John Moores, the Littlewoods magnate, became Chairman in June 1960 and set about ensuring that the Blues challenged for honours without delay.
There was a perception in some quarters that Carey too much of a “gentleman” to wring the best of the squad – something that Bobby Collins alluded to in an interview:
“Johnny insisted that we enjoyed our football. The only flaw he had was that he wasn't hard enough with the players and some did take liberties. Discipline was not tight enough and this stopped him from becoming a great manager. Top managers need a ruthless streak, as players do, if they want to make it at the highest level”
I put this to Mike Carey:
“You really cannot be a successful footballer unless you have a degree of hardness… I think he was always described as hard but fair. At the end of the day, you have a job to do, or you fail. He was always described as a very intelligent player and would do his homework on the opposing teams and individual players.”
The 1960-61 season had seen the team in inconsistent form with a mix of stirring wins and disappointing defeats. Gossip on Merseyside suggested that Harry Catterick was being lined up for the Goodison hot-seat following his resignation at Sheffield Wednesday
And so it was that on the evening of Friday, 14 April 1961, Carey and
Moores found themselves together in a London taxi. James Corbett described it thus in his excellent book “Everton – The School of Science”:
“On Friday 14 April 1961, Carey and Moores travelled to London for an FA meeting. Even though Everton had beaten Newcastle United 4-0 at St James's Park the previous Saturday, speculation was more intense than ever about Carey's future. Wanting clarification, he demanded a meeting with his chairman. Moores suggested that they reconvene and the two men took a taxi to the Grosvenor House Hotel. During that journey, Carey repeated his request for clarification on his future. Moores, always a man of principle, went straight to the point. He told Carey that he was being replaced."
“It was a great shock at the time and he did not see it coming. I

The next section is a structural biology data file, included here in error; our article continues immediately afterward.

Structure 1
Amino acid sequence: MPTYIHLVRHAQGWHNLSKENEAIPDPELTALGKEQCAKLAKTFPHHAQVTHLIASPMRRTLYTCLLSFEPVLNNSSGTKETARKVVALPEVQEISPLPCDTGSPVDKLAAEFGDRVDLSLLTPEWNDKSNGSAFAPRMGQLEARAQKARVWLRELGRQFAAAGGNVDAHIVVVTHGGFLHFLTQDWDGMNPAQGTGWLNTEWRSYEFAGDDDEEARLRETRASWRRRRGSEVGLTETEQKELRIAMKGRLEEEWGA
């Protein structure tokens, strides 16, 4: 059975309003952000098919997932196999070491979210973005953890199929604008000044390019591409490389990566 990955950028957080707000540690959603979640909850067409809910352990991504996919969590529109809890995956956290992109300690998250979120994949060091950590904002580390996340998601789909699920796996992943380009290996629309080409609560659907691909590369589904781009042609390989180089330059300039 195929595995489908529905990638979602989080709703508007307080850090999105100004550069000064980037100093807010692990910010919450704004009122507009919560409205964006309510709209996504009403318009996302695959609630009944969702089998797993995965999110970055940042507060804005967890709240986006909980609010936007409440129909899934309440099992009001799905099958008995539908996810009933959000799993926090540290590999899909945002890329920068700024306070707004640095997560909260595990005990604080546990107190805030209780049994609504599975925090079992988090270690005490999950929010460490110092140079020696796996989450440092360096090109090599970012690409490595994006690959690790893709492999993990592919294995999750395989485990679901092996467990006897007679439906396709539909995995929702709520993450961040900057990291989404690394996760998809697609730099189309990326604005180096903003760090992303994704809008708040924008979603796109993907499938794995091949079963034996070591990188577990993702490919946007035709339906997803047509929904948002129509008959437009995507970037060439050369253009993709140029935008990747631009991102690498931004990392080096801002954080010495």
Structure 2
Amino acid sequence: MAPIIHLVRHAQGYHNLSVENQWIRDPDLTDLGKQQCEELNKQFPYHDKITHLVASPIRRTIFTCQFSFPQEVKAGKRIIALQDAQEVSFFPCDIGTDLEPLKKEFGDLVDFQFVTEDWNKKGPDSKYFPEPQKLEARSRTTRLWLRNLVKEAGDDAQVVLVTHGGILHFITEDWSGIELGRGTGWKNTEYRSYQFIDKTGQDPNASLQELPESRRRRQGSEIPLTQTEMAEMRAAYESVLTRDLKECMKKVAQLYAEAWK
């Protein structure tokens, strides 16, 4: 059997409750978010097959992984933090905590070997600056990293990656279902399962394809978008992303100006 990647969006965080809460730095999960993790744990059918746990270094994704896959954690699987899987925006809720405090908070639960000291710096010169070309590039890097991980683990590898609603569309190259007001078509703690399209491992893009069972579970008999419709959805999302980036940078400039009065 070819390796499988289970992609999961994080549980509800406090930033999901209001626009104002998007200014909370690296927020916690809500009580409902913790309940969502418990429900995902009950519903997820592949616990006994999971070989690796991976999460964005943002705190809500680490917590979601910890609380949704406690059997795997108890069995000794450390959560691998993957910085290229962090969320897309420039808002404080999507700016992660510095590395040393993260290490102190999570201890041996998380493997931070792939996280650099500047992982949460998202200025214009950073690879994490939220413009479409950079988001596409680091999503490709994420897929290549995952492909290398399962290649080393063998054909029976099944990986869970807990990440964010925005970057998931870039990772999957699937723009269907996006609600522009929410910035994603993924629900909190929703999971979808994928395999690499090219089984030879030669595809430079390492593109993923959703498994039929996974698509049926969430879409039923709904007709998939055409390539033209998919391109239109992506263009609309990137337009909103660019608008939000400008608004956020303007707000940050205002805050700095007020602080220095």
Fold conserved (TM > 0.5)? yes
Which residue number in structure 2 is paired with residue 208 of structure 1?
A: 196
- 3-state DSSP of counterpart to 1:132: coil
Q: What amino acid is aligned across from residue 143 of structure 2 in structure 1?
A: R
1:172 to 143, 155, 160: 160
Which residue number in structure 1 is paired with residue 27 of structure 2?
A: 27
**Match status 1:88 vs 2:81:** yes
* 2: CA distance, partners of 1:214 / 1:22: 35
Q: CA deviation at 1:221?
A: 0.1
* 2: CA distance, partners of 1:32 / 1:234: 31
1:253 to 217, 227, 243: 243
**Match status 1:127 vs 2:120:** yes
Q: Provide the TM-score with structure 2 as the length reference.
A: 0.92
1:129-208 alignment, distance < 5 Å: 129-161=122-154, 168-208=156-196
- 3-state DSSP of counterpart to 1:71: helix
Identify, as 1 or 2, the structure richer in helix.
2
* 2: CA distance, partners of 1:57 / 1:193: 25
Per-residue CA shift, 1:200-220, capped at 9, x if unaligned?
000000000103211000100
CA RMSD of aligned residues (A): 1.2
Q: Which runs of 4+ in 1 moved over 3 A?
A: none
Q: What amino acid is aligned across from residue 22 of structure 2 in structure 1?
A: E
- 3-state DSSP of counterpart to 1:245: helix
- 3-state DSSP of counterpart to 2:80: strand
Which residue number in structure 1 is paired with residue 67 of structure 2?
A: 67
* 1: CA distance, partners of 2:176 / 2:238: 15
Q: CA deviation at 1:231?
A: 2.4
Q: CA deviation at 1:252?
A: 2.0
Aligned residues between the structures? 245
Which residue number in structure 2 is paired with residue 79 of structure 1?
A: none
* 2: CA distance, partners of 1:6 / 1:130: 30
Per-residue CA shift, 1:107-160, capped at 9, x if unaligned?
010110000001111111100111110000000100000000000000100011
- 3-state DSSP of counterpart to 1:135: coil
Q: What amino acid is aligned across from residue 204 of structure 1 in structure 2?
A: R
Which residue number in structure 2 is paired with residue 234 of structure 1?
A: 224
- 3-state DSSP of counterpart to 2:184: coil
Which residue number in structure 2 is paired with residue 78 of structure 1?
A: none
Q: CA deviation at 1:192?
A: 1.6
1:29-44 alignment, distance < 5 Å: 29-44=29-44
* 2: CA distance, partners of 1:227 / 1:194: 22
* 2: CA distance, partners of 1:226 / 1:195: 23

guess he was not too happy and his pride would have been damaged, as
the team was actually doing well. To be fair to Mr Moores, it must have been very difficult for anyone who has run a big company to simply leave matters with a manager. After all, everyone who supports the club will have strong views about all the players and almost anyone can pick a team. I think he just wanted to have his own man to run things in his own way.”
It was a measure of the man that Carey led the team to a 5-1 victory against Cardiff the following day before officially stepping down. Alex Young, a November signing from Hearts, hit injury-free top-form just too late to save his manager.
By the following Monday, Moores was chairing a board meeting at which
Harry Catterick was present and confirmed as the new manager – this seemed to confirm the speculation that Catterick had been tapped up prior to Carey’s dismissal. After victories in the final two games of the season, Everton finished 5th in the table.
Who can say how things would have panned out had Moores stuck with Carey – maybe the team would have clicked with Vernon and Young supplying the goals and the likes of Gabriel, Labone and Temple becoming established in the team. Moores would ultimately be vindicated as the team, with additions such as Morrissey and West, lifted the 1962-63 title trophy. Catterick was more pragmatic than Carey – willing to sacrifice some flair in search of victories and silverware.
“I really cannot say whether Dad would have been bitter. I don't think
that was really his style and he was always quite diplomatic. He was
very proud of his achievements at Goodison during the short period
that he was in charge. I know he had many letters of support at the time. Over the years we always looked for the United, Blackburn and
Everton results first.”